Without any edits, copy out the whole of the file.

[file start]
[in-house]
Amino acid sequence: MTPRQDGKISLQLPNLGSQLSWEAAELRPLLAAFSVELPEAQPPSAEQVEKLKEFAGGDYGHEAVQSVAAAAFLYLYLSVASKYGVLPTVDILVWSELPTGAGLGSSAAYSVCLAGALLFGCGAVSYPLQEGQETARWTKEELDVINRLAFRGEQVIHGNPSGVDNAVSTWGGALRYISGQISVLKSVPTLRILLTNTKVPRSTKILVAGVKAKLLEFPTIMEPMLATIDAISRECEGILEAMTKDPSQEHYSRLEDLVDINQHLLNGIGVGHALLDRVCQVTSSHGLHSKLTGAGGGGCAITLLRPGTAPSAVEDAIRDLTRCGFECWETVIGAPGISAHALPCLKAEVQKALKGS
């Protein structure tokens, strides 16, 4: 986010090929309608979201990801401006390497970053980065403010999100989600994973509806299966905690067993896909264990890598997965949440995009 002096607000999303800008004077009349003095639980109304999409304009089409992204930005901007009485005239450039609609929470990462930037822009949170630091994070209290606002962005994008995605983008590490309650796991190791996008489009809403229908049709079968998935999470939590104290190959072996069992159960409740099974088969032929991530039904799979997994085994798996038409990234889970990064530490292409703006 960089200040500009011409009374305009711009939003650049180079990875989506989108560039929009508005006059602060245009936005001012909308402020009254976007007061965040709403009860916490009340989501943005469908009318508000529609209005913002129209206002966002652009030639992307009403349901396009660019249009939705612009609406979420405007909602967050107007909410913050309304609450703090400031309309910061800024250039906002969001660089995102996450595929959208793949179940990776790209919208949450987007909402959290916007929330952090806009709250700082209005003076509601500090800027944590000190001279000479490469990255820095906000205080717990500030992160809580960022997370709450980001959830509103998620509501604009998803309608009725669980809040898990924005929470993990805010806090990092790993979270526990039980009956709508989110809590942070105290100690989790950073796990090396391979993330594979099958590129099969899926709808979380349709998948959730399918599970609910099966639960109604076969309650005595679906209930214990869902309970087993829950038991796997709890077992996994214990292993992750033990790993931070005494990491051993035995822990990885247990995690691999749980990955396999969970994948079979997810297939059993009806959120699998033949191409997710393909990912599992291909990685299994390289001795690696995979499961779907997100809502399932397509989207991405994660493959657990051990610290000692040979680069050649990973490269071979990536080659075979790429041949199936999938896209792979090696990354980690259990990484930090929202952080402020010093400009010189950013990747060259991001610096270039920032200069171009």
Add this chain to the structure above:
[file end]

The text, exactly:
[in-house]
Amino acid sequence: MTPRQDGKISLQLPNLGSQLSWEAAELRPLLAAFSVELPEAQPPSAEQVEKLKEFAGGDYGHEAVQSVAAAAFLYLYLSVASKYGVLPTVDILVWSELPTGAGLGSSAAYSVCLAGALLFGCGAVSYPLQEGQETARWTKEELDVINRLAFRGEQVIHGNPSGVDNAVSTWGGALRYISGQISVLKSVPTLRILLTNTKVPRSTKILVAGVKAKLLEFPTIMEPMLATIDAISRECEGILEAMTKDPSQEHYSRLEDLVDINQHLLNGIGVGHALLDRVCQVTSSHGLHSKLTGAGGGGCAITLLRPGTAPSAVEDAIRDLTRCGFECWETVIGAPGISAHALPCLKAEVQKALKGS
């Protein structure tokens, strides 16, 4: 986010090929309608979201990801401006390497970053980065403010999100989600994973509806299966905690067993896909264990890598997965949440995009 002096607000999303800008004077009349003095639980109304999409304009089409992204930005901007009485005239450039609609929470990462930037822009949170630091994070209290606002962005994008995605983008590490309650796991190791996008489009809403229908049709079968998935999470939590104290190959072996069992159960409740099974088969032929991530039904799979997994085994798996038409990234889970990064530490292409703006 960089200040500009011409009374305009711009939003650049180079990875989506989108560039929009508005006059602060245009936005001012909308402020009254976007007061965040709403009860916490009340989501943005469908009318508000529609209005913002129209206002966002652009030639992307009403349901396009660019249009939705612009609406979420405007909602967050107007909410913050309304609450703090400031309309910061800024250039906002969001660089995102996450595929959208793949179940990776790209919208949450987007909402959290916007929330952090806009709250700082209005003076509601500090800027944590000190001279000479490469990255820095906000205080717990500030992160809580960022997370709450980001959830509103998620509501604009998803309608009725669980809040898990924005929470993990805010806090990092790993979270526990039980009956709508989110809590942070105290100690989790950073796990090396391979993330594979099958590129099969899926709808979380349709998948959730399918599970609910099966639960109604076969309650005595679906209930214990869902309970087993829950038991796997709890077992996994214990292993992750033990790993931070005494990491051993035995822990990885247990995690691999749980990955396999969970994948079979997810297939059993009806959120699998033949191409997710393909990912599992291909990685299994390289001795690696995979499961779907997100809502399932397509989207991405994660493959657990051990610290000692040979680069050649990973490269071979990536080659075979790429041949199936999938896209792979090696990354980690259990990484930090929202952080402020010093400009010189950013990747060259991001610096270039920032200069171009």
Add this chain to the structure above: